Estate Plan Horror Stories: What Happens if You Do Not Have an Estate Plan in Place During Divorce
Over my 23 years of estate planning and estate administration practice, a few stories have highlighted the importance of having an estate plan in place during a divorce and following through with the transfer and documentation of assets after the divorce. Otherwise, your desires may not be achieved.
Story #1: Unintended Beneficiary
Brandon received a large multi-million dollar settlement because he was in an accident. Brandon and Emily signed a prenuptial agreement prior to getting married to keep the settlement money as Brandon’s sole and separate property. Brandon held his settlement money in a trust. After they had been married for a while, Brandon added Emily as an 80% beneficiary of his Trust. His remaining family members were a 20% beneficiary of his Trust.
After a ten-year marriage, Emily filed for a divorce. Brandon got sick and two days before the filing of the divorce decree with the Court, he died from unknown causes. Brandon’s Trust stated that Emily would receive 80% of the Trust if they were married at his death. They were married at his death because in Arizona, the divorce is not final until the decree is filed. Emily received 80% of his Trust, or approximately $14.4 million and Brandon’s family members received 20% of his Trust, or approximately $3.6 million.
If Brandon had changed his estate plan at the time of filing his divorce, which would have only entailed advising his lawyer and signing a trust amendment, his family members would have received 100% of the Trust after estate taxes are paid (or approximately $10.8 million), instead of the 20% that they received because he did not change his estate plan.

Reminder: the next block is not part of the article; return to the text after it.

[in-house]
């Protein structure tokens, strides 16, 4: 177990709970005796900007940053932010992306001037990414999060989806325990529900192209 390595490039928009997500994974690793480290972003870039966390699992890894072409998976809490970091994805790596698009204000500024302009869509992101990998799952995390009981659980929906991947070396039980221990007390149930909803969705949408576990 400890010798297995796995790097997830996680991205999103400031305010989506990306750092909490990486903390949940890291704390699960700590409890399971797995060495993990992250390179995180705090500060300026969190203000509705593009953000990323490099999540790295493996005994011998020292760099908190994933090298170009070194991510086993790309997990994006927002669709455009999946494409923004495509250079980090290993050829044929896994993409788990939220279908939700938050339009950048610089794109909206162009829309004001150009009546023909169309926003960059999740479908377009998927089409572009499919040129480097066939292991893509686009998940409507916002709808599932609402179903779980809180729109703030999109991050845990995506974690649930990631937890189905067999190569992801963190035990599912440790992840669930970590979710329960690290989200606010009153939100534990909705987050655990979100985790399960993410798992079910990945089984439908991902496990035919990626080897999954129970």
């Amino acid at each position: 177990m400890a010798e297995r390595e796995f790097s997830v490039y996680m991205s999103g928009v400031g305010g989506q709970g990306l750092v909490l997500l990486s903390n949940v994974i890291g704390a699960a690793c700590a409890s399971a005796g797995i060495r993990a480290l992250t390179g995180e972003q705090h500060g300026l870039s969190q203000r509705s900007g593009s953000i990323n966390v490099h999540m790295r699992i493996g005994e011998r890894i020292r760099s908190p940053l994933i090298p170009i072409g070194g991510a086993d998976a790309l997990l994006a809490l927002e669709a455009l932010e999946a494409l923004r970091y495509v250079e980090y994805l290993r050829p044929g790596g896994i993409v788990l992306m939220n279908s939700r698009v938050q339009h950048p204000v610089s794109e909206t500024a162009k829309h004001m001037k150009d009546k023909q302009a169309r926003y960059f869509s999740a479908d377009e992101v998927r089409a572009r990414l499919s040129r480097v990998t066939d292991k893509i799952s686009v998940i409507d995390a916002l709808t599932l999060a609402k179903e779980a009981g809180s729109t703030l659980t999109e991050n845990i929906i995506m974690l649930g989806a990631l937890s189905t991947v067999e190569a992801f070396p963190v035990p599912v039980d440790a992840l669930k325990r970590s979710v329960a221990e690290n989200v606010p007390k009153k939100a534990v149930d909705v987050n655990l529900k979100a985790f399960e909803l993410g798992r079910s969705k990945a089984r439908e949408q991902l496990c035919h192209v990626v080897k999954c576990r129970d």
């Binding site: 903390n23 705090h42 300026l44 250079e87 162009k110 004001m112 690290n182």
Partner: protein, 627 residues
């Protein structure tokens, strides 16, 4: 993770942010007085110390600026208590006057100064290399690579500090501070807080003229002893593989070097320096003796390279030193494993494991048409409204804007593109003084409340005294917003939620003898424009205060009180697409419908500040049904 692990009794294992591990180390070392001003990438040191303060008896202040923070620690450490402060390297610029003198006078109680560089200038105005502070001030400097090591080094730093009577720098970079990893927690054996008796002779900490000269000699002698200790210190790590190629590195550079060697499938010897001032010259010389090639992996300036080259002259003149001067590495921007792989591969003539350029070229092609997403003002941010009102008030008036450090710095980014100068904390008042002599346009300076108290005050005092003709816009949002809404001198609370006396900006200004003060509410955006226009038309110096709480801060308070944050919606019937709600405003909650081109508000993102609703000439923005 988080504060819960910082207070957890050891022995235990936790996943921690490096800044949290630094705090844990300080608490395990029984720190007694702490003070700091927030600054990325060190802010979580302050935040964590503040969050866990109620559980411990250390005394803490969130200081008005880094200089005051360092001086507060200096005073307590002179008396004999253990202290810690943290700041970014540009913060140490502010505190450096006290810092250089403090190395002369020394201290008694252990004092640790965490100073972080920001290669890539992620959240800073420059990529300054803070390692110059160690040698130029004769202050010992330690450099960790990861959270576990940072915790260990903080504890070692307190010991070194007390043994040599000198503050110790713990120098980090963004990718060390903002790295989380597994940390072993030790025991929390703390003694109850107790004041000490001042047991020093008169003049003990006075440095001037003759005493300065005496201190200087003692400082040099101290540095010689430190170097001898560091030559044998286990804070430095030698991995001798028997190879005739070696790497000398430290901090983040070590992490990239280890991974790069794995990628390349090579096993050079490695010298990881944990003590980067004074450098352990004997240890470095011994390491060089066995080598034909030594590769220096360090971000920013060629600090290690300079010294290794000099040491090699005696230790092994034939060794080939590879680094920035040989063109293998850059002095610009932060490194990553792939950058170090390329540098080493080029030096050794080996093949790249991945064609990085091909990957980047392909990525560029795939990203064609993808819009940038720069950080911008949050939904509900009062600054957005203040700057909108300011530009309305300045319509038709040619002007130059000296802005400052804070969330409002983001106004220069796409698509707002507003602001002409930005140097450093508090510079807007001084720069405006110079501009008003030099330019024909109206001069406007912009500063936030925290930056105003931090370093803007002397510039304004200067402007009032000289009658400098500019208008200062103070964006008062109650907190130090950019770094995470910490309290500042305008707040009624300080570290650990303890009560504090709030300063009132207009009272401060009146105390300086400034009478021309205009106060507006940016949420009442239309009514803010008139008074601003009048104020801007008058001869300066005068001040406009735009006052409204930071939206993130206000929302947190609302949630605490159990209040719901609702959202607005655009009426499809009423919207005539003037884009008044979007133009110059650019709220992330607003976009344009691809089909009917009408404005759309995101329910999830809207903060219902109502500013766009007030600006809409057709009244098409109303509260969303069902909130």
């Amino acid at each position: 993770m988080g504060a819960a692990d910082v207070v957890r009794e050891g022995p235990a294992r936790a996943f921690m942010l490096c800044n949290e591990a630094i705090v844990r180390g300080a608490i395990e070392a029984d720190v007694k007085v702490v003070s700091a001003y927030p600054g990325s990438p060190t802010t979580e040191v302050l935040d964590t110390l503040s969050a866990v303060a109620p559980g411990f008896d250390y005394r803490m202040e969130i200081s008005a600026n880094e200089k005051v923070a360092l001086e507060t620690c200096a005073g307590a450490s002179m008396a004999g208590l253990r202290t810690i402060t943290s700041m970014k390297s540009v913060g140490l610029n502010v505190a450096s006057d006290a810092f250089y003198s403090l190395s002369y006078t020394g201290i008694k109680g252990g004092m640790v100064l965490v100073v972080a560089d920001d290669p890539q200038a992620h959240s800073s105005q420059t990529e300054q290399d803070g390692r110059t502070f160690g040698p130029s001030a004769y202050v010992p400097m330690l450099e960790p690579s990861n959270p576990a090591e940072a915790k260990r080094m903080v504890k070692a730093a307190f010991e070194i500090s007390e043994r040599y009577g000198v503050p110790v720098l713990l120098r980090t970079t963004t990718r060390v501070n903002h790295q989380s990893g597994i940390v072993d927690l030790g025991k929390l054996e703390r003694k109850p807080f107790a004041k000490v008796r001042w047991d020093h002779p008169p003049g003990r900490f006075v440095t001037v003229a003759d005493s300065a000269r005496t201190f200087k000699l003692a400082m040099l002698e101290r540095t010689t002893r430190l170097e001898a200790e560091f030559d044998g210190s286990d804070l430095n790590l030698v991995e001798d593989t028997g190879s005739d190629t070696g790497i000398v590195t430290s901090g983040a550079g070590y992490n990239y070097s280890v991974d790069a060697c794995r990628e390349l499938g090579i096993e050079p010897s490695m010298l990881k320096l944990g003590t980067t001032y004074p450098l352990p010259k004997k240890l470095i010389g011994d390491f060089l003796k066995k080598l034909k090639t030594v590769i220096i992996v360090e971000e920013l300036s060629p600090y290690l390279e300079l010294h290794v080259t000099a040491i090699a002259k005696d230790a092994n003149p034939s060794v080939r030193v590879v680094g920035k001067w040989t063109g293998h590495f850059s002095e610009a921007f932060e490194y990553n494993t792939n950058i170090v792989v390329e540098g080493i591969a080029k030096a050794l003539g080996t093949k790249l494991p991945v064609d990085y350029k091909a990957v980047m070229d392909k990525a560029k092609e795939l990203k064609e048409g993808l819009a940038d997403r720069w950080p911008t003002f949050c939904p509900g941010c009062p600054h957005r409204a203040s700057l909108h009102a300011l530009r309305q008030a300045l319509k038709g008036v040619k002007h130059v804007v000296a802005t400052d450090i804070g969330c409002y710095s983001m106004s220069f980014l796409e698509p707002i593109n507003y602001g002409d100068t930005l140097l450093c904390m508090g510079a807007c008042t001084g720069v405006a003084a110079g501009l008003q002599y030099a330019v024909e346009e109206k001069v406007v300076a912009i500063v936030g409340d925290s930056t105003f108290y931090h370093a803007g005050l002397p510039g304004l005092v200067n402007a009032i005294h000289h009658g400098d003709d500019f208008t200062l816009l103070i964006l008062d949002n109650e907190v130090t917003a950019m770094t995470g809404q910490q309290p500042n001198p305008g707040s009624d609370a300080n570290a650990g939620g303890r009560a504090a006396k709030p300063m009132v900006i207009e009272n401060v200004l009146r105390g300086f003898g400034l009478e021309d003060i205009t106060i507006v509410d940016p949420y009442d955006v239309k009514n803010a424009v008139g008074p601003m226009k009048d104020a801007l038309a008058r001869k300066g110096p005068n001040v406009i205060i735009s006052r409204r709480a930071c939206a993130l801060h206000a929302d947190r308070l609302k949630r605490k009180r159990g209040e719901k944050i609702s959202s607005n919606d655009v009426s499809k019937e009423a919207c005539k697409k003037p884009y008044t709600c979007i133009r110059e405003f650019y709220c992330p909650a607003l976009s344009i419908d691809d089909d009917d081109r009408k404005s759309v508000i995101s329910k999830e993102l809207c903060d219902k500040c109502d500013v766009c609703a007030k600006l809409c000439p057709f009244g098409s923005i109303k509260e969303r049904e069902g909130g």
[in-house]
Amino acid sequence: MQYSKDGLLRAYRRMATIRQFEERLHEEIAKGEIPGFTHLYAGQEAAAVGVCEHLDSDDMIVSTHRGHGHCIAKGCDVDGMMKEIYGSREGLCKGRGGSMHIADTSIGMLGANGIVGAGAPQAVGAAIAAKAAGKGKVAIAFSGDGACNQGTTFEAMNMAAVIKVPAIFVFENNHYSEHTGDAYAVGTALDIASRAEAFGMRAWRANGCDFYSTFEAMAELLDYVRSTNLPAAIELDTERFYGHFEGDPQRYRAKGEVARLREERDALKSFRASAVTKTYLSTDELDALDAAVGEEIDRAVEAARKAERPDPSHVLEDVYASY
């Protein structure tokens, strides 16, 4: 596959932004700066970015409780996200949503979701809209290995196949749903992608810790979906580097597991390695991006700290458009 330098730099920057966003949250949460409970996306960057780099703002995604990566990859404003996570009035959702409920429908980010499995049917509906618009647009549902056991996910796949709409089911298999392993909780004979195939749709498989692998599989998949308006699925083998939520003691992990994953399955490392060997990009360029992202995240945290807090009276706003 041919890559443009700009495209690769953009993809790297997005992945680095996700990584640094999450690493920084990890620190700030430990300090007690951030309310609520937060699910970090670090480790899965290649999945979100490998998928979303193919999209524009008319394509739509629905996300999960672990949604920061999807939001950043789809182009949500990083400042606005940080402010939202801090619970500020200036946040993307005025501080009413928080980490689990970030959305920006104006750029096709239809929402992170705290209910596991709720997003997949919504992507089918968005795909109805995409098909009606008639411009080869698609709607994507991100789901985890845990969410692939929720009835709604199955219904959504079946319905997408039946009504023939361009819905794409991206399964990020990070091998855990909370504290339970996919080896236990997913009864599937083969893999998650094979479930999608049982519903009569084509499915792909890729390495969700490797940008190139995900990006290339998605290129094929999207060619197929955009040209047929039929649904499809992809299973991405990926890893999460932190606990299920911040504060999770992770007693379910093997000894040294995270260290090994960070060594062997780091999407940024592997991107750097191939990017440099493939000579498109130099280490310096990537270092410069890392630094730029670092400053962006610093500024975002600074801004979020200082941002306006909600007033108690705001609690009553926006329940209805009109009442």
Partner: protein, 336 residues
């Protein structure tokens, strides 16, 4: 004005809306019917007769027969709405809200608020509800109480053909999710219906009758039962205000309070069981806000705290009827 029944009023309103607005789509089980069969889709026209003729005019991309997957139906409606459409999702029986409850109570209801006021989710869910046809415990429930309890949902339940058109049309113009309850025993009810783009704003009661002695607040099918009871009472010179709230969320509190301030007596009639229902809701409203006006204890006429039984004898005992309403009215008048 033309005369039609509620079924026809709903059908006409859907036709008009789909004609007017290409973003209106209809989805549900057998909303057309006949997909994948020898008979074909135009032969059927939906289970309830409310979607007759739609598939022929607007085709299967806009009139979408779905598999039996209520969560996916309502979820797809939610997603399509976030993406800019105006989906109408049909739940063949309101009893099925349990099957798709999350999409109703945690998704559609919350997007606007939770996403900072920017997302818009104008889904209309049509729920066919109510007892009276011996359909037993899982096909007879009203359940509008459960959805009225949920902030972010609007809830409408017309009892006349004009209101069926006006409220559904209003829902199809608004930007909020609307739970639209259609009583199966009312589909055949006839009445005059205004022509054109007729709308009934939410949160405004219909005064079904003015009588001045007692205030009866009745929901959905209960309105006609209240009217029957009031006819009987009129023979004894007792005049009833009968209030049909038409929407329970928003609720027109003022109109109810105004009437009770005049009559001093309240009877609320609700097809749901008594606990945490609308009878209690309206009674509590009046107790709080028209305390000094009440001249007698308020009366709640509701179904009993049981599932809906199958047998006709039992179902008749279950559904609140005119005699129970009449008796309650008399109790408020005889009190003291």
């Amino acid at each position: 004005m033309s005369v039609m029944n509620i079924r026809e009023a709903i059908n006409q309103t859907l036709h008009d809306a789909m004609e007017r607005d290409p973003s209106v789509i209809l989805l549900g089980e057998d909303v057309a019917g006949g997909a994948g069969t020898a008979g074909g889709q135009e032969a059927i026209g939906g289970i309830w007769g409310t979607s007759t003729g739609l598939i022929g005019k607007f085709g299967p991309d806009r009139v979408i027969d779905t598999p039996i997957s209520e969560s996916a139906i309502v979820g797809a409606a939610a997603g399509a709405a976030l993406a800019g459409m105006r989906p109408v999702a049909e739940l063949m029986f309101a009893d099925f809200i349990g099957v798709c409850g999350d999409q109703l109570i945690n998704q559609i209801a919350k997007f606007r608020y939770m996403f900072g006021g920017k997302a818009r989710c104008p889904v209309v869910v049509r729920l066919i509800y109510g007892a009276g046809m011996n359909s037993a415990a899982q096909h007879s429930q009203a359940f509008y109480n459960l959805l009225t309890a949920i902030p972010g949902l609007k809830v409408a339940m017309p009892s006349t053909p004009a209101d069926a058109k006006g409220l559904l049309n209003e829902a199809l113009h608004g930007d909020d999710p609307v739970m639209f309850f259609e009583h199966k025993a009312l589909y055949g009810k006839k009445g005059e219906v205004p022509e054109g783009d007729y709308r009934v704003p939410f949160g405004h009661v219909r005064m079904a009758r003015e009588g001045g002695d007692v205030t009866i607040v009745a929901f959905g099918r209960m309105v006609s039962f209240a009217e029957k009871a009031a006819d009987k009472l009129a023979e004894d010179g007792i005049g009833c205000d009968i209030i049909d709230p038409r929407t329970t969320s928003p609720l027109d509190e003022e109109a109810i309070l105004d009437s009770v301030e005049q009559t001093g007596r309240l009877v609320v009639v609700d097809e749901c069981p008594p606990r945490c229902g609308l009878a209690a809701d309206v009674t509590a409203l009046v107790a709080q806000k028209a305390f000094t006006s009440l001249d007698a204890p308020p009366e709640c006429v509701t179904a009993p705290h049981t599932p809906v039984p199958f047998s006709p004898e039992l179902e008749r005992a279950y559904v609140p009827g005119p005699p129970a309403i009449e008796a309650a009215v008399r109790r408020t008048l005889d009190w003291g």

Moral to the story: When filing for divorce, change your estate plan immediately, or your soon to be ex-spouse will receive your assets if you die prior to finalization of the divorce. Not only will your ex-spouse receive your assets, but he or she will also be able to make decisions about your financial and health care decisions if you were to become incompetent before the divorce was final. The ex-spouse will usually also be in control of your assets as the Personal Representative and Trustee of your Trust if needed unless changed prior to the divorce becoming final.
Story #2: Extra Expenses
John and Sarah agreed to a divorce. The documents stated that all of their retirement plans would be divided in half, which would require a lawyer to draft three orders that must be filed with the court. Since they were splitting the costs, to keep the costs down, they agreed to equalize the values of the qualified plans such that the excess was distributed to one of them from the other using one order and they each kept their own retirement plans. The lawyer drafted one order which was not yet signed and filed with the court when John and his new wife died on their honeymoon. Three orders had to be prepared and filed because the parties had to follow the documents as written.
Moral to the story: Obtain the orders and get them filed as soon as possible after the divorce decree is filed.